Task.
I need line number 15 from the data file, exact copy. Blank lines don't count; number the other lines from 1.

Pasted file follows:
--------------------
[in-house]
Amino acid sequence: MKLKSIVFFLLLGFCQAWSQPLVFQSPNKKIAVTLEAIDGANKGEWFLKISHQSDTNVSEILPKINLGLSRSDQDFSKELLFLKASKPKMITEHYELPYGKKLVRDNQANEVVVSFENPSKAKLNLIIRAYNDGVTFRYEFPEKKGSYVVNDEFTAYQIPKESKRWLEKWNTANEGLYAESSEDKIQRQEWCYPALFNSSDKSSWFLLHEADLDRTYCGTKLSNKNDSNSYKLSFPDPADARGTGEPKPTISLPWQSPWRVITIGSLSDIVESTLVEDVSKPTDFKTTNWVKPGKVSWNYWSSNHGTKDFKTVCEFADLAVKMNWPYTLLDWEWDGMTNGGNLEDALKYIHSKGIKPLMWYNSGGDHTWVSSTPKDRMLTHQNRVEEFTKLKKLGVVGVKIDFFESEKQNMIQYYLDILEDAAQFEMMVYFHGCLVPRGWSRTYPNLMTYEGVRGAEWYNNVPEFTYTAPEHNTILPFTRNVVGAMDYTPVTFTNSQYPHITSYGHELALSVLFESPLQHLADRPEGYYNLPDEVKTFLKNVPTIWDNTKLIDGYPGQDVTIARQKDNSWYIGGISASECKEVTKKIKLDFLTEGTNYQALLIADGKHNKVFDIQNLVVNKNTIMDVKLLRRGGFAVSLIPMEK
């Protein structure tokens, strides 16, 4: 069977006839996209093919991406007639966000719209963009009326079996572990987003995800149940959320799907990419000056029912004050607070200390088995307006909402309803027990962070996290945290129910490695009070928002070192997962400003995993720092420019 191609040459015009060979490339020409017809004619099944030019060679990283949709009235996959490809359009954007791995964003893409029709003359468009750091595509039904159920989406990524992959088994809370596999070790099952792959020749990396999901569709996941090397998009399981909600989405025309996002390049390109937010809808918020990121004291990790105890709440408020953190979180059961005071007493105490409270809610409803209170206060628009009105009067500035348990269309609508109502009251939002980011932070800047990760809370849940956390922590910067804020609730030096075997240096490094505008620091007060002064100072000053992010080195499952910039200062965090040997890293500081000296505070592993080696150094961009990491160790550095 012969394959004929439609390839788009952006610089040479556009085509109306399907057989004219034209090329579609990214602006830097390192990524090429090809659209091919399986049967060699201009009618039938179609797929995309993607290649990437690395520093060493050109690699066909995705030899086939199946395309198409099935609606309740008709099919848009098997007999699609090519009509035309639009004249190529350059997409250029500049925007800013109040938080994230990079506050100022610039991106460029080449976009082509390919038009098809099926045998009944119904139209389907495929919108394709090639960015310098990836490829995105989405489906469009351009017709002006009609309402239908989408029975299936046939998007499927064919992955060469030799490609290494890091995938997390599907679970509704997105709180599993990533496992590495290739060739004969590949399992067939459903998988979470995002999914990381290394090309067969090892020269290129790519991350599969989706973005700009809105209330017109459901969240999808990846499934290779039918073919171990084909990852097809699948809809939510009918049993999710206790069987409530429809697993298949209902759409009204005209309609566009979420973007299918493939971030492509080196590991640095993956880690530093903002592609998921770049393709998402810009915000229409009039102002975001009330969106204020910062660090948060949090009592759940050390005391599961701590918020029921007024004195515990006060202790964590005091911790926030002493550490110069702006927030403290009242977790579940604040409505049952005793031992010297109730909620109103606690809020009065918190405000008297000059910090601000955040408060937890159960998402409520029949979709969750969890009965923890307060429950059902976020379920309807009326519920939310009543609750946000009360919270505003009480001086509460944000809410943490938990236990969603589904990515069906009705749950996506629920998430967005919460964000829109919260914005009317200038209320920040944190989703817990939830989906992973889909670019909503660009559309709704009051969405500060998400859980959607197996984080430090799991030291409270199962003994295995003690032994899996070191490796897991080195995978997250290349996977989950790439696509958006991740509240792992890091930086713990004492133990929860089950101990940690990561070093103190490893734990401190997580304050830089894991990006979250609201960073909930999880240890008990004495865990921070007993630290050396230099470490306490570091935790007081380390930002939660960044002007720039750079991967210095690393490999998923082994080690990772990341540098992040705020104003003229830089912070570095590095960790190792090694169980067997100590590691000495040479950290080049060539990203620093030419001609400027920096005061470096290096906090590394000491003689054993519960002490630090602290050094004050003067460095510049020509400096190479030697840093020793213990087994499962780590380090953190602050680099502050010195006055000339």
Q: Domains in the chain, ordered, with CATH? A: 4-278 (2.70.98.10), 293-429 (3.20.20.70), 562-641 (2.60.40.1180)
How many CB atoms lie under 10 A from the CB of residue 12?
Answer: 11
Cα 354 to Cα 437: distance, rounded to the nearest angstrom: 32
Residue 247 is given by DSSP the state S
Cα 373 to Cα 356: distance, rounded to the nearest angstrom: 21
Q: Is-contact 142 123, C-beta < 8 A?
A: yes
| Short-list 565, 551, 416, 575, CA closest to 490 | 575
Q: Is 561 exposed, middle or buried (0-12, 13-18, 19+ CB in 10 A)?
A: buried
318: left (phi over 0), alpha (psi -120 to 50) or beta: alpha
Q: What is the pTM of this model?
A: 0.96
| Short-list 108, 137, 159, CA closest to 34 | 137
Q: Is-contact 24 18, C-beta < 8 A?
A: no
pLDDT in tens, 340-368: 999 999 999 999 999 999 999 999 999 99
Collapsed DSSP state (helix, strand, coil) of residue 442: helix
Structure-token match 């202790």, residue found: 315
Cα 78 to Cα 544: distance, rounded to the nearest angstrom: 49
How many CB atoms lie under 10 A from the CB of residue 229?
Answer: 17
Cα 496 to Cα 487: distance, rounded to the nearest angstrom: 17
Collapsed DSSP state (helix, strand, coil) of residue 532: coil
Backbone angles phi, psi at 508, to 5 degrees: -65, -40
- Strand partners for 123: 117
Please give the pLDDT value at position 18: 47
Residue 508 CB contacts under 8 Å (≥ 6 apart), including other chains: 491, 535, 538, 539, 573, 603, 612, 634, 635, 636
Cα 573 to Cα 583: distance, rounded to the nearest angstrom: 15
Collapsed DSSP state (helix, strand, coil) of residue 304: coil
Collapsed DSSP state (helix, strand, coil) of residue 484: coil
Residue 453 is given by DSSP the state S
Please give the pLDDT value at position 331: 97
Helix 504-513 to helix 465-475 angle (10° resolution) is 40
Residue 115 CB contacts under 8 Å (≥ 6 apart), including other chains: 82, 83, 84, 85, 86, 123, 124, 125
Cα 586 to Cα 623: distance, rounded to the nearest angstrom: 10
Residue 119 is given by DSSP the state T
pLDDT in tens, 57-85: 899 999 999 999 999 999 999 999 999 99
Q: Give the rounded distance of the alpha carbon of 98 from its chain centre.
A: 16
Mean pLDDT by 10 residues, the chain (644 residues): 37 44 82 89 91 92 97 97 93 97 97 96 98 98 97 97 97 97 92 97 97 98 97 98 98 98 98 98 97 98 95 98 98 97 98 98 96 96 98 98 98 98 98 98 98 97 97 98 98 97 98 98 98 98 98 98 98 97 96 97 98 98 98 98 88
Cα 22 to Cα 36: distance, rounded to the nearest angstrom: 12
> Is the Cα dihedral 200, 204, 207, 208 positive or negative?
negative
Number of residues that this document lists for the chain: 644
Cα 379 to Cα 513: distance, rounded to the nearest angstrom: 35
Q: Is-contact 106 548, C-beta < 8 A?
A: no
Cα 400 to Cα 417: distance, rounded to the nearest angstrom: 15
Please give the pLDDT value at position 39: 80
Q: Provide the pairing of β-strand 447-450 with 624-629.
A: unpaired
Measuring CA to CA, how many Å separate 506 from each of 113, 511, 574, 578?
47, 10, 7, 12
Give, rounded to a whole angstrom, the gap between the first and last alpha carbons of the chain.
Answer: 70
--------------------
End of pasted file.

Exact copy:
318: left (phi over 0), alpha (psi -120 to 50) or beta: alpha